“If you don’t shoot, you don’t score…”
In Quebec’s neighbouring province of Ontario, it appears as if their provincial police force has a cold case investigative team that is a little more sensitive to the needs of the victims’ families and a lot more inclined to dig a little deeper and go a little further in pursuit of justice.
Hats off to Detective Constables Andre Bayard and Dan Linkenheld of the Ontario Provincial Police (OPP) Historical Investigations Unit.
They “get it”.
EXCERPTS FROM THE STORY:
A pain that never goes away;
OPP cold case squad making inroads in
solving local mysteries
Owen Sound (Ontario) Sun-Times
…Some mysteries remain unsolved for decades.
Yet people like Andre Bayard and Dan Linkenheld, detective-constables with the
Ontario Provincial Police’s Historical Investigations Unit, continue to pore over the puzzle pieces.
“If you don’t shoot, you don’t score,” Bayard says describing the work cold case officers do as they attempt to close cases that have long mystified other police.
“In these types of investigations, you’ve got to keep everything open. I mean, we talk to everybody. Some of these conversations are pretty strange, let’s put it that
way. We deal with some people that think they have these “gifts,” but we talk to them. Usually they have nothing for us, or they don’t tell us anything we don’t already know, but we continue to talk to them.”
Bayard adds: “If it was my family, my kid missing, I would want the police to make every effort, to talk to everybody, no matter how big or how small.”
That’s where you, the reader, comes in. You may know these stories already, or you may be learning about them for the first time. You may have information about one of these cases, and you may have already spoken with police about what you know.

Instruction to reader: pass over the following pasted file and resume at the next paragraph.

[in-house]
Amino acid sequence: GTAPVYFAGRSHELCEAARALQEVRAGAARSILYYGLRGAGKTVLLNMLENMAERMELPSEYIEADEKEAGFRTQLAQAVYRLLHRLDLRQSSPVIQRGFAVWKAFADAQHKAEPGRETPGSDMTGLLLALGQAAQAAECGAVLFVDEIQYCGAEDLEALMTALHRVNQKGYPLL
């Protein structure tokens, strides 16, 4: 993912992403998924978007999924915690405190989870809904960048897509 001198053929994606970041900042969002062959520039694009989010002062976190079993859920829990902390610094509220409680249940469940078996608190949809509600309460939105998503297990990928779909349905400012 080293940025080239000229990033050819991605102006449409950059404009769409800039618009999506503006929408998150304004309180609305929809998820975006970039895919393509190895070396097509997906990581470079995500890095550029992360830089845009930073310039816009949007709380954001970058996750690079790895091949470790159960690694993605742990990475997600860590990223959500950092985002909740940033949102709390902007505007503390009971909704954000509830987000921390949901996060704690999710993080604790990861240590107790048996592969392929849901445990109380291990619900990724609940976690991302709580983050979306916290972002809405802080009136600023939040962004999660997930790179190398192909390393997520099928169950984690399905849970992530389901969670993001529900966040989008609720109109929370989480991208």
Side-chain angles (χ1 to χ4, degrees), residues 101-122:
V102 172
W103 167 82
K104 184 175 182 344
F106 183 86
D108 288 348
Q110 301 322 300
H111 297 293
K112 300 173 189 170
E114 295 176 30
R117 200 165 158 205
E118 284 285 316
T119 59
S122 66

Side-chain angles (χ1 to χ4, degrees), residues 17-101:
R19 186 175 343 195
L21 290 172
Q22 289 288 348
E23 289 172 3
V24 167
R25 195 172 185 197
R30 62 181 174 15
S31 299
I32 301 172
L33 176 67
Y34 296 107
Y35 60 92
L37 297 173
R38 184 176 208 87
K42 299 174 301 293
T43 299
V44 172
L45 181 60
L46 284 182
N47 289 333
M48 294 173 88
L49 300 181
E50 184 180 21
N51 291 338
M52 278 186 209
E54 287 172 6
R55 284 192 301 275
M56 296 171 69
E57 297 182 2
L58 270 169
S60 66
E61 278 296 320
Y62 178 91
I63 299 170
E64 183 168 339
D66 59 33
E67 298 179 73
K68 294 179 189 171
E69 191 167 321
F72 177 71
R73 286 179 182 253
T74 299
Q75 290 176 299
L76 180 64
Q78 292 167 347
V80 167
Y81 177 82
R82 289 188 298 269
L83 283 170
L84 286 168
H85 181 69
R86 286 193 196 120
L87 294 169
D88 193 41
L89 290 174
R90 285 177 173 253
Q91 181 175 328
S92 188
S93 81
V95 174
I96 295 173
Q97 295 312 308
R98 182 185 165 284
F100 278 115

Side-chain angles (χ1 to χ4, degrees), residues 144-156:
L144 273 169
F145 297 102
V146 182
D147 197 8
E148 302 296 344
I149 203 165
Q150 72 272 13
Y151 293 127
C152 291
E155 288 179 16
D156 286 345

But maybe you didn’t tell them everything. Maybe you left something out because you believed it to be insignificant. Perhaps you haven’t spoken with police at all, because you assumed they already know what you know.
Linkenheld says this is the kind of information that can sometimes provide investigators with that little link they need. “Those individuals don’t see the overall picture, the whole puzzle,” he says.
“They have a piece of it, and they don’t think their piece is significant. To us, it might mean knitting one piece of info with another, and you have a solid link made with that individual that we didn’t have before.”
“The police are just an extension of the community, and we’re as good as the help we get.”
Cold case officers must also display a great deal of sensitivity, because they are dealing with families whose wounds have never healed, whose pain has never gone away.
Linkenheld says the death of a loved one changes the whole dynamic of a family, affecting relationships within that family and sometimes completely destabilizing them. That’s true whether the death is sudden or expected.
But at least the majority of deaths can be explained to some degree, and a person’s family and friends can mourn, grieve and have closure. That’s not so in the cases we have chosen to examine this week.
“Here, you’ve got no answers,” Linkenheld says.
“You’ve got either a missing person or you’ve got a deceased person, and you don’t have answers as to why. I think that wears quite heavily on people.”
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